So begins the decorative part of our program. Though my hand mixer was struggling in its old age to keep up with my demands(it’s probably older than I am, I learned how to bake cakes with that thing when I was seven!), it grumpily made one more batch of icing, royal icing to be exact. Much to my surprise, piping the cake in the Devil’s Kitchen wasn’t at all difficult. I assumed that the heat would have fought against my attempts to defy gravity and pipe on the vertical side of the cake, ending in far worse tragedy than I could ever imagine but it just wasn’t so, people. I drew up a template of the flourish that I wanted to cover with to serve as a visual aid and went to town. It turned out almost as well as I had hoped. I would have preferred the cake to have been higher to allow for a smaller line, but at that point we weren’t about to nitpick.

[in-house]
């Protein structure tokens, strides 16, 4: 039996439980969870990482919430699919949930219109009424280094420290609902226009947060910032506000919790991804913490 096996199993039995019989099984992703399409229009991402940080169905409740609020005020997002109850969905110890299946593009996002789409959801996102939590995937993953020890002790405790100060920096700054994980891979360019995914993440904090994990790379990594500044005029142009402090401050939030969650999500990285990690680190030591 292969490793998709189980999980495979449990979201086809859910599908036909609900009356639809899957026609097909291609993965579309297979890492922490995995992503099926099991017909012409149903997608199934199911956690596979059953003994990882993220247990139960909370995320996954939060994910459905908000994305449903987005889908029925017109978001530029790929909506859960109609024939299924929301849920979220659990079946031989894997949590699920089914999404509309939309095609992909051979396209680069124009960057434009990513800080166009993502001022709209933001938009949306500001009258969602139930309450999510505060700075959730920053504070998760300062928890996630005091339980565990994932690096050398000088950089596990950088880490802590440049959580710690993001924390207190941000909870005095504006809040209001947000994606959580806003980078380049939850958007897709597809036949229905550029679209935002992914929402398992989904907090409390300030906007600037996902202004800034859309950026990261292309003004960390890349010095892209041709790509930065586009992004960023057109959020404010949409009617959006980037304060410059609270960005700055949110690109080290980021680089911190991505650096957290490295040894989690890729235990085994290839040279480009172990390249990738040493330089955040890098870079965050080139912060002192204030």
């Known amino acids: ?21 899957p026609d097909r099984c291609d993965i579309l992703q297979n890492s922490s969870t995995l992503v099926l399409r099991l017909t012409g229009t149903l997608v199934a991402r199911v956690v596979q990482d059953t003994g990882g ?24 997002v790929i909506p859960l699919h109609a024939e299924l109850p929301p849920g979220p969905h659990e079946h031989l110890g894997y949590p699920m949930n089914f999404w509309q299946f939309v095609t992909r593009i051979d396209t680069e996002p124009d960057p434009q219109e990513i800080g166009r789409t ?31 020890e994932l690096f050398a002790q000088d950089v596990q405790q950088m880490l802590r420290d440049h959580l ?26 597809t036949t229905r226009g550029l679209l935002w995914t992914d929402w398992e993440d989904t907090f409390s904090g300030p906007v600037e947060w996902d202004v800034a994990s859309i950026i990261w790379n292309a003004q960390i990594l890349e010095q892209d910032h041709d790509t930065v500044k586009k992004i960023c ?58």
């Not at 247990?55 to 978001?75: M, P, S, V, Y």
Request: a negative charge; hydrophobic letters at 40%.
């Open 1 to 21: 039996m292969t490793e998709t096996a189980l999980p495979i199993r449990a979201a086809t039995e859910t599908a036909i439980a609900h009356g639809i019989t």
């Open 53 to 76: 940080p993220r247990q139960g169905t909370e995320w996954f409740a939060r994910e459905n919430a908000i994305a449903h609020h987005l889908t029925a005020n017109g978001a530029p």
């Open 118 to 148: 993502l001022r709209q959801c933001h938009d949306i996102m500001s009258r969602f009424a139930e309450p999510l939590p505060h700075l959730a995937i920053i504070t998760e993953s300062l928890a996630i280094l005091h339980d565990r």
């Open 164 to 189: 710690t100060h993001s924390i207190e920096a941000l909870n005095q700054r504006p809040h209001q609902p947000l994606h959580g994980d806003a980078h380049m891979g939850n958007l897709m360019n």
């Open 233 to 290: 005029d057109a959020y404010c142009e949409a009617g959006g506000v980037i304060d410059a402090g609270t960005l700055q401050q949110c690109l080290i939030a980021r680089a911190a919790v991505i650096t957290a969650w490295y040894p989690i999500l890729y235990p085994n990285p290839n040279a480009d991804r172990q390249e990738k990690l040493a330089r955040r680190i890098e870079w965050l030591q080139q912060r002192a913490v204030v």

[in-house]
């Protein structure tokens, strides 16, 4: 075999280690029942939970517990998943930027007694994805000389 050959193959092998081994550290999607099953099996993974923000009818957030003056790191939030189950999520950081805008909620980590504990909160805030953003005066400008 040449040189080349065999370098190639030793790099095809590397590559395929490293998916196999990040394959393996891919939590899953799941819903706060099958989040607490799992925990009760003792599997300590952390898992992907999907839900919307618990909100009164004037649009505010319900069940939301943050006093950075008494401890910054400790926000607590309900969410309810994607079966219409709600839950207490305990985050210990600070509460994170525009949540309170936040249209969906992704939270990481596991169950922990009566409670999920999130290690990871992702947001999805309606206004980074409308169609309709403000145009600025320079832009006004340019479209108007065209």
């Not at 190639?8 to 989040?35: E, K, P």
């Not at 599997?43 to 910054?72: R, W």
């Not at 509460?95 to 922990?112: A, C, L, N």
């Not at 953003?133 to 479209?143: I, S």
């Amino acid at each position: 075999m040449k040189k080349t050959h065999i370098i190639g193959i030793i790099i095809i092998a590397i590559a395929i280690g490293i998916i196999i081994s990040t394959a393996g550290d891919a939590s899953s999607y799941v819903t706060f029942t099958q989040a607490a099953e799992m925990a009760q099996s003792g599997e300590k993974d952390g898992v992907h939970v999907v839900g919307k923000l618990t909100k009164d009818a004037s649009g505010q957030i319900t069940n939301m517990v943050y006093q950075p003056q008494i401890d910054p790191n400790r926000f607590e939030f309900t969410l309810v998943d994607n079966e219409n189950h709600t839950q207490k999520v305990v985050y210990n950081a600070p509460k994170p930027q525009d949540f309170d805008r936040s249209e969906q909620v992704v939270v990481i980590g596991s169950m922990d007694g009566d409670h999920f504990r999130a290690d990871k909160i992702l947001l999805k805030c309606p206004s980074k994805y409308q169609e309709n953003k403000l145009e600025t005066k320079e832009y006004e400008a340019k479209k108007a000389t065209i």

I was going to document my forays into gumpaste, but honestly, I do it often enough and could provide far better demonstrations with more ornate decorations at another time, so this is what you get for now. I did these the night before while watching old musicals and drinking the iced tea and it was great. Now, this is what i do before i shove them into a cake, and what i recommend that anyone else do as well. I arrange them in a way in which i would like to see them on a cake and take a picture of it. That way, you don’t lose your arrangement and can refer to the picture if you don’t remember where you wanted a particular piece to go. Call it organized, call it anal, call it what you want, but I’m going to call it a solid plan.